As seen in the Figures, the device comprises an endoscope shaft 14 carrying at its proximal end a sleeve-like or throat connection 14a for a first inlet 12 having adjustable pet-cock valve and a second inlet 13 through which fluid media may be delivered. As seen in FIG. 1, attached to the inlets l2 and 13 respectively are resilient flexible infeed tubes 7 and 9, which are jointly connected to a Y-connection l 1 which is in turn connected to means for storing the liquid media such as a bottle 10. Located above the connection 14a is an outlet 25 to which is connected to the end of a resiliently flexible discharge tube 8. The outlet 25 is not seen in FIG. 2, since it lies at right angles to the inlets l2 and 13, but is adapted to be formed at the upper end of the endoscope and to be in communication with an annular chamber 2 formed internally within the shaft 14, between the viewing tube 4 and the wall of the shaft 14. The inlet 13 is in communication with a channel 1 passing formed by a tube passing through a groove in endoscope shaft 14, extending in the longitudinal direction with the guide tube 3.
As seen in FIG. 2 the endoscope comprises an optical eyepiece 24 mounted at the upper end of a viewing tube 4', which extends through a surrounding guide tube 3. At the lower end of the viewing tube 4 there is located an objective lens 15 through which the situs of the operation can be viewed by the doctor. The viewing tube is set within the endoscope shaft 14 and thus forms the annular discharge channel 2. The channel 1 is formed by a tube or tubular section formed along the length of the guide tube 3 and the viewing tube 4. As seen in FIG. 2, a portion of the viewing tube 4 and the exterior endoscope shaft 14 extends beyond the point at which the lens 15 is secured, thus extending the discharge channel 2 below the lens. On the other hand a portion of the shaft 14 terminates above the lens 15 so that the channel 2 opens at a level higher than the lens 15. It will also be observed that the discharge channel 2 has a greater cross-sectional area than the inlet or feed channel 1.
An elongated wire having a loop 16 at its lower end extends between the endoscope shaft 14 and the viewing tube 4 below the lens 15. The wire 16 is secured to a movable sleeve 17 located about the guide tube 3 which is connected via a finger grip 21 and an articulated pair of levers l8 and 22 to a boss at the upper end of the endoscope on which the eye piece is secured. The boss contains a palm or hand grip 23 permitting the carrier sleeve 17 to be movable axially along the tube viewing tube 4 by manipulation of the finger grip 21. In this manner the wire loop 16 may be extended or retracted with respect to the situs of the operation. The wire loop 16 of the course comprises the electrode of the high frequency apparatus and is connected to a suitable power source in known manner. The connection 14 a for the inlets l2 and 13 sits above the shaft 14 and has a small conduit which connects the inlet 12 to the annular channel 2. The inlet 12 is provided with the pet-cock so that it can be opened and bathing fluid delivered directly through this discharge channel 2 into the body cavity so that the bladder may be initially filled with a predetermined amount of liquid via the larger discharge channel so that the conductive electrode will have sufficient conducting media and the cavity will be sufficiently bathed, before the moment at which the operation may begin.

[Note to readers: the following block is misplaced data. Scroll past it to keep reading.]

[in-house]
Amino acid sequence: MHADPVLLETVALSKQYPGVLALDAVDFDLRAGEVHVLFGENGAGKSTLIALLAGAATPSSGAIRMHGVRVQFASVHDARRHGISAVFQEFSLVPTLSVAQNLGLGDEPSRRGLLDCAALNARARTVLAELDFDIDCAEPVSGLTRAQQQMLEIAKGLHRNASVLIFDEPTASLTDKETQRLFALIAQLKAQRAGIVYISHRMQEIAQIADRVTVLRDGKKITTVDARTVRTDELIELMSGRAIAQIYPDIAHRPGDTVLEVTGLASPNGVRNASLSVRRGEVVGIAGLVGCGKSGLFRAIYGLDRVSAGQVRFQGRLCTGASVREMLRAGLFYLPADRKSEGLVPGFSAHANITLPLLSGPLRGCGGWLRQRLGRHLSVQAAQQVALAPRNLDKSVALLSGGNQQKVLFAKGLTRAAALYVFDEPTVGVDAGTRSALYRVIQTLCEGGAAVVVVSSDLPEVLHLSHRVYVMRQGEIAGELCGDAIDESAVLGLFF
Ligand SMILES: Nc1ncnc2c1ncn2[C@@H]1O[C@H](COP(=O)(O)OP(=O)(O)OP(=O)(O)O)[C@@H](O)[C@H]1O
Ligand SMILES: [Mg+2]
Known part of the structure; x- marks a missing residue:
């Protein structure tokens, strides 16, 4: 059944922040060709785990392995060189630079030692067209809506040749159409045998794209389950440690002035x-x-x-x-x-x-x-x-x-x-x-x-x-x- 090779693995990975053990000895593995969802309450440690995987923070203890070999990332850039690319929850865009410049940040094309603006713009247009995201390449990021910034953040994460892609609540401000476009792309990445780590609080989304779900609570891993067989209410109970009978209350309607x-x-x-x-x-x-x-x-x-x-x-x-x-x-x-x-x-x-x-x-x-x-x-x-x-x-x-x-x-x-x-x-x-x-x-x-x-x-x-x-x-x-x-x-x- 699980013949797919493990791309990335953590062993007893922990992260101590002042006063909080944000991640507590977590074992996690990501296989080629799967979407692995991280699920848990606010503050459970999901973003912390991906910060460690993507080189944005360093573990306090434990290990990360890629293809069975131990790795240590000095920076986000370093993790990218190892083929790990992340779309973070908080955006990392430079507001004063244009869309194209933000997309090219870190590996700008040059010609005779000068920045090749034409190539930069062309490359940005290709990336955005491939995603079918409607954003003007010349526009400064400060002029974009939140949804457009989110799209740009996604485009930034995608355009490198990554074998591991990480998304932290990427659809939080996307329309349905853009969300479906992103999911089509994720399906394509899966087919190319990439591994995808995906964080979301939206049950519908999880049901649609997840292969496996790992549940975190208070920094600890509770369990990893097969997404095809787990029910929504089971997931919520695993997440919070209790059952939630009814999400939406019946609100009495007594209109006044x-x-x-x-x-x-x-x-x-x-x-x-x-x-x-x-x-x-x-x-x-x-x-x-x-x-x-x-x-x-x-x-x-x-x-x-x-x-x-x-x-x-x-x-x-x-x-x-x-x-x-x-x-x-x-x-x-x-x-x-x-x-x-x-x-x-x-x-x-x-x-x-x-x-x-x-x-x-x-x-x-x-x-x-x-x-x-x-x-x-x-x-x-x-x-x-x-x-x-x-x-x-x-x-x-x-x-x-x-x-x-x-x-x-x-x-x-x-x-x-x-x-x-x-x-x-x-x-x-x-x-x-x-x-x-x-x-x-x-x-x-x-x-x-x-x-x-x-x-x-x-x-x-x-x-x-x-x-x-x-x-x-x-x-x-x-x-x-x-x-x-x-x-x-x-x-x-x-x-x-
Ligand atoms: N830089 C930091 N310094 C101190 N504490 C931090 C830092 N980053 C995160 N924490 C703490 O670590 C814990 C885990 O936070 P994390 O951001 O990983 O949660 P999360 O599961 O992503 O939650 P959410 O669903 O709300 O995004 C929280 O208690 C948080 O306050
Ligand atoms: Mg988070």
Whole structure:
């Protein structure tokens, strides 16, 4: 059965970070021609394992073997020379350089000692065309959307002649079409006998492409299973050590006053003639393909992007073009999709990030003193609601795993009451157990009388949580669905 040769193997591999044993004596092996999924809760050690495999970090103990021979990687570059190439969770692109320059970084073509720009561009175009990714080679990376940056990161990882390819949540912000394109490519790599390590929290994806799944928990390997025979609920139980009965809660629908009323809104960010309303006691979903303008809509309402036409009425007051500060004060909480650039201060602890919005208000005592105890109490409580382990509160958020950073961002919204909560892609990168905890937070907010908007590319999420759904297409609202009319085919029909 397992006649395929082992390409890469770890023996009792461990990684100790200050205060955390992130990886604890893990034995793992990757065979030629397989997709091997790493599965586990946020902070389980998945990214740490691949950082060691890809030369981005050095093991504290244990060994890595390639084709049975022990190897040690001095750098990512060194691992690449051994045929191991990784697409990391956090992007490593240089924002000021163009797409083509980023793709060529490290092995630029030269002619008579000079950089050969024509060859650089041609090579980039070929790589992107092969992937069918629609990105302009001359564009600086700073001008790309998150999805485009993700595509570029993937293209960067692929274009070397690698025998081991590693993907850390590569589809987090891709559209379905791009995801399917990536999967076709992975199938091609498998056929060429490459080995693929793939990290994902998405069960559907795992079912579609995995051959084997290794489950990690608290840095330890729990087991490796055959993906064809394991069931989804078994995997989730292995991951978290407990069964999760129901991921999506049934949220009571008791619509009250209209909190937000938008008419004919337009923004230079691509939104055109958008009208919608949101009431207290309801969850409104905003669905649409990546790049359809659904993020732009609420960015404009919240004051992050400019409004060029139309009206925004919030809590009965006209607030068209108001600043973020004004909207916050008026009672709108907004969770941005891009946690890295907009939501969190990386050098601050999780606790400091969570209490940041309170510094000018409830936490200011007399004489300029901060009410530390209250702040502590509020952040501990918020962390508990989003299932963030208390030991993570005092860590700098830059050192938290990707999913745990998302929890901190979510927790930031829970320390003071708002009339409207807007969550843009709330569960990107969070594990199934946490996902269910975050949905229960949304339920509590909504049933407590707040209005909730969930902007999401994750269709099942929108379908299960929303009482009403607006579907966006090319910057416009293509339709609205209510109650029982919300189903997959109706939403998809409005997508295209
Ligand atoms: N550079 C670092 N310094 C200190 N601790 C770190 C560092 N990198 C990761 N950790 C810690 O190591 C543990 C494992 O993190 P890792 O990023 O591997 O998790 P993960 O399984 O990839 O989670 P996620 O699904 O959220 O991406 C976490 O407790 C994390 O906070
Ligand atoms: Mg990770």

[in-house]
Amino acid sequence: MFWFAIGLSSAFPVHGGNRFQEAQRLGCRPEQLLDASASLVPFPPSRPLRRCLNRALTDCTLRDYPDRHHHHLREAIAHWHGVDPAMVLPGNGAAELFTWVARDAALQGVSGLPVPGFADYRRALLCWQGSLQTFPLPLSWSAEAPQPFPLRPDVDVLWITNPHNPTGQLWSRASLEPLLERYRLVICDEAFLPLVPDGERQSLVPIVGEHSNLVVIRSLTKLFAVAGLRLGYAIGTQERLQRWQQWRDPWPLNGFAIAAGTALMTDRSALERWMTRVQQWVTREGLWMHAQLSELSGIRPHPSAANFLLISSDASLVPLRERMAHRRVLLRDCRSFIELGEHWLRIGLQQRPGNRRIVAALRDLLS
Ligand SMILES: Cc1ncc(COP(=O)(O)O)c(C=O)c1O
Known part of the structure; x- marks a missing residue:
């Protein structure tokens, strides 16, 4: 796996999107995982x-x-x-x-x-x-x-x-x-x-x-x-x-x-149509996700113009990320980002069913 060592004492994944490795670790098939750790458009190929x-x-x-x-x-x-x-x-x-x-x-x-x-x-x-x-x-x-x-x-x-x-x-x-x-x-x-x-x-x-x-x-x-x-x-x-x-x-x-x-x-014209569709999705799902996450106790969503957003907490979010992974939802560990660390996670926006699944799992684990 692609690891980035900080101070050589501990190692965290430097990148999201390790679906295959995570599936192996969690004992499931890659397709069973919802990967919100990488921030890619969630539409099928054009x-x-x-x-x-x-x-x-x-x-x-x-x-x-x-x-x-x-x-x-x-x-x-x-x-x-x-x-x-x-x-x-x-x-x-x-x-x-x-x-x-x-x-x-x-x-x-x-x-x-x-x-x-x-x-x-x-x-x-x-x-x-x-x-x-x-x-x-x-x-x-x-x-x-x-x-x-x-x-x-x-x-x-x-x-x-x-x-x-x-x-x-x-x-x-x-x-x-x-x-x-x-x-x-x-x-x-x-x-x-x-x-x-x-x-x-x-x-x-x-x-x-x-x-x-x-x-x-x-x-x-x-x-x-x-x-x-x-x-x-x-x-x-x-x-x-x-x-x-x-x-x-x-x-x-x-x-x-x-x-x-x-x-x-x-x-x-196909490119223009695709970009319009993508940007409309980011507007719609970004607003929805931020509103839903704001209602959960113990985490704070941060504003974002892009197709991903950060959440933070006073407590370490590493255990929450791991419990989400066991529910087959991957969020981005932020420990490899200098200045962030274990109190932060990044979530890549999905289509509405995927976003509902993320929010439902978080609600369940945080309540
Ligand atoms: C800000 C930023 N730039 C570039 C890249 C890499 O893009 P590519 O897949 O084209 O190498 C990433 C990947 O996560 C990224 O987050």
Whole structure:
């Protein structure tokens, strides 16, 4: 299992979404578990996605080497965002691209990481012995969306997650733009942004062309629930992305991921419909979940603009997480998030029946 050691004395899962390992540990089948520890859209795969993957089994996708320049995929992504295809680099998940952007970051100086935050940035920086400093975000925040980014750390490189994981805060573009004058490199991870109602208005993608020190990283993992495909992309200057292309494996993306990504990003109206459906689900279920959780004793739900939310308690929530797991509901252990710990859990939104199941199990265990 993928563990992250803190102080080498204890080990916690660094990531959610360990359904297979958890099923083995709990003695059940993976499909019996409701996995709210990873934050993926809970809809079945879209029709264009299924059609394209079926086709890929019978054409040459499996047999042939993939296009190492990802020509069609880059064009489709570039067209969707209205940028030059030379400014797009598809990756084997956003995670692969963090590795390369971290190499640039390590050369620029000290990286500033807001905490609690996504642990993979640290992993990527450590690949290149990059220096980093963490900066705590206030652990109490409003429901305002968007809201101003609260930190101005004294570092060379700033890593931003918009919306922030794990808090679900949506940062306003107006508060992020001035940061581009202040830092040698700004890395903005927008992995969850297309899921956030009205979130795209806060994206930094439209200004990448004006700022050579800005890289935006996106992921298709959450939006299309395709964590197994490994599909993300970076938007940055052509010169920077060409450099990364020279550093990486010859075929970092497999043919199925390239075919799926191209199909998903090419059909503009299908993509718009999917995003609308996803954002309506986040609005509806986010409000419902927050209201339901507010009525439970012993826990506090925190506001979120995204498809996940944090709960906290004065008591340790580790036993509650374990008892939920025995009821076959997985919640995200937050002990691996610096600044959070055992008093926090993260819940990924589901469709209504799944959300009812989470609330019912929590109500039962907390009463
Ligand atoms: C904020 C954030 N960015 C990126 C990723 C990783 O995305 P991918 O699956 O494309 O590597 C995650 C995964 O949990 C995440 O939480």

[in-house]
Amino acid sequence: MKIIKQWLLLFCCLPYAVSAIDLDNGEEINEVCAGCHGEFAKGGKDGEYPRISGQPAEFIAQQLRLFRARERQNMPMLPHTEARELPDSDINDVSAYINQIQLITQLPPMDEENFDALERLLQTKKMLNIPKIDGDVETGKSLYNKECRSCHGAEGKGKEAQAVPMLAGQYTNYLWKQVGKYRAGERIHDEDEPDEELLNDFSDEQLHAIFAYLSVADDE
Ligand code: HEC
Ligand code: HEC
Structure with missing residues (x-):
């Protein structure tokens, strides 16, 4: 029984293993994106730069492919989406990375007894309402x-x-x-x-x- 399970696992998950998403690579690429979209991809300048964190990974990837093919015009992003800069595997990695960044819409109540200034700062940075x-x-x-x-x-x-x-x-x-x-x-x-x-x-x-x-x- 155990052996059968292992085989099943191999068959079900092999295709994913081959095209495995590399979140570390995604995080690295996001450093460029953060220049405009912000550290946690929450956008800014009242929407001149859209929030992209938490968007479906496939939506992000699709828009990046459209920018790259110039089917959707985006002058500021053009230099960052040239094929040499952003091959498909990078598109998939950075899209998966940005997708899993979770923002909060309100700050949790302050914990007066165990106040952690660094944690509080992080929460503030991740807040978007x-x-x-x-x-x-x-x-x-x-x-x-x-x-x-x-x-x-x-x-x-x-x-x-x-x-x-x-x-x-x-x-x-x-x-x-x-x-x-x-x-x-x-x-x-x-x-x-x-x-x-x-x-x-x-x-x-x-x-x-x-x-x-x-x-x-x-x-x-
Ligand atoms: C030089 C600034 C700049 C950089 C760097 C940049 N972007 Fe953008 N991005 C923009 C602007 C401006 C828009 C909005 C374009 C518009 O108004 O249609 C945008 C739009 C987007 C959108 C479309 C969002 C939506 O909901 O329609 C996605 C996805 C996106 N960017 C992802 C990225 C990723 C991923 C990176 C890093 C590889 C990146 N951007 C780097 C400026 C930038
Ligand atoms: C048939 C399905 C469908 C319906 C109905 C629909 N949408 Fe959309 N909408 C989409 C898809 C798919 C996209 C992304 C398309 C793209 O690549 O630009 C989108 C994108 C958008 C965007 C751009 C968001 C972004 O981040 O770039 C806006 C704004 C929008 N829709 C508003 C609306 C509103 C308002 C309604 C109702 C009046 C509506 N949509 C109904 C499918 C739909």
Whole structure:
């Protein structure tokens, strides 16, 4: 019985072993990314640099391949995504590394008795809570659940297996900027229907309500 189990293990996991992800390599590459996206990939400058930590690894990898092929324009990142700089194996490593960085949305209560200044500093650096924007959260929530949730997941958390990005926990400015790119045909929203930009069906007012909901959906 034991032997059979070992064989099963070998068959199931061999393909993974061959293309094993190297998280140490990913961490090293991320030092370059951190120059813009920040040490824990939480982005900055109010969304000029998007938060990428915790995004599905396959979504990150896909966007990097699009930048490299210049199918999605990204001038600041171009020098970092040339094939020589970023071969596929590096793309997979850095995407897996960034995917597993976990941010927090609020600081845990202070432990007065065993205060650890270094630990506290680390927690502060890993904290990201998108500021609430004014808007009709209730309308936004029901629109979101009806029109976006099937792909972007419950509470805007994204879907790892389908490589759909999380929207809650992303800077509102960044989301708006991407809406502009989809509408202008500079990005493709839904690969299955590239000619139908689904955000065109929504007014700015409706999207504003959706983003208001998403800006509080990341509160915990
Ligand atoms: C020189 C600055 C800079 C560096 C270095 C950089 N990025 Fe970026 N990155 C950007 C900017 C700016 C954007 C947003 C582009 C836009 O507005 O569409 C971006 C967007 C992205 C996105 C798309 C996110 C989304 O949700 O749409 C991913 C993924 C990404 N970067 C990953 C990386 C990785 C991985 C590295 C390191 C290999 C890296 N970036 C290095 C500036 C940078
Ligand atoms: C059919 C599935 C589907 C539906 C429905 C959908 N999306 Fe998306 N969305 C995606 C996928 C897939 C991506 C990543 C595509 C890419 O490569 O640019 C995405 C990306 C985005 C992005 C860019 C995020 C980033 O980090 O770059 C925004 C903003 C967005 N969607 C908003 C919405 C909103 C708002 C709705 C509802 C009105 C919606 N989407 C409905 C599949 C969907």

Returning to FIG. 1 the inlet tube 7 from inlet 13 and the outlet tube 8 from discharge 25 pass through a pump 5 having a rotatable eccentric actuator 6. The pump 5 comprises a body in which a rotary motor having a shaft on which the actuator 6 is mounted. The tubes 7 and pass through grooves in the body parallel to each other and substantially tangential to the actuator, which is adapted to engage both the tubes 7 and 8 simultaneously. The actuator 6 compresses the tubes in rhythmic sequence so as to pump fluid through tube 7 and exhaust fluid through tube 8. The tubes 7 and 8 and the excenter 6 are positioned relative to each other that the stroke, and the fequency of the pumping action is the same on both tubes, although in opposite phase or direction and the volume of compressed fluid in each of the tubes is the same. Therefore, simultaneously a similar volume of fluid may be pumped into the body cavity as is withdrawn. Actually, during use of the device, the pet-cock connection 12 is opened so that the cavity is initially filled to the most optimal level for the operation. Thereafter, it is closed so that liquid is delivered only through the smaller inlet 13 and channel 1 by the operation of the pump 5. Simultaneously the same volume of fluid is withdrawn from the site of the operation through the discharge channel 2. The inlet connection 13 passes through a cut in the wall of the endoscope shaft 14 and is soldered or welded to the tubular channel 1 to provide a fluid tight arrangement so that the infeed of liquid is sealed from the connection 12. The feed channel 1 extends the length of viewing tube 4 and opens in the neighborhood of the objective lens 15 so that the liquid pumped through the nozzle-like opening tends to pass over this objective lens 15 maintaining it free of any blood or particles during the operation. The discharge flow of the liquid passes through the opening in the annular discharge channel 2 one portion of which is immediately adjacent the electrode wire loop 16 and the other portion of which is located above the objective lens 15. In this way a current of fluid from the inlet to the outlet is created insuring absolute cleaning of both the situs of the operation and the distal end of the endoscope.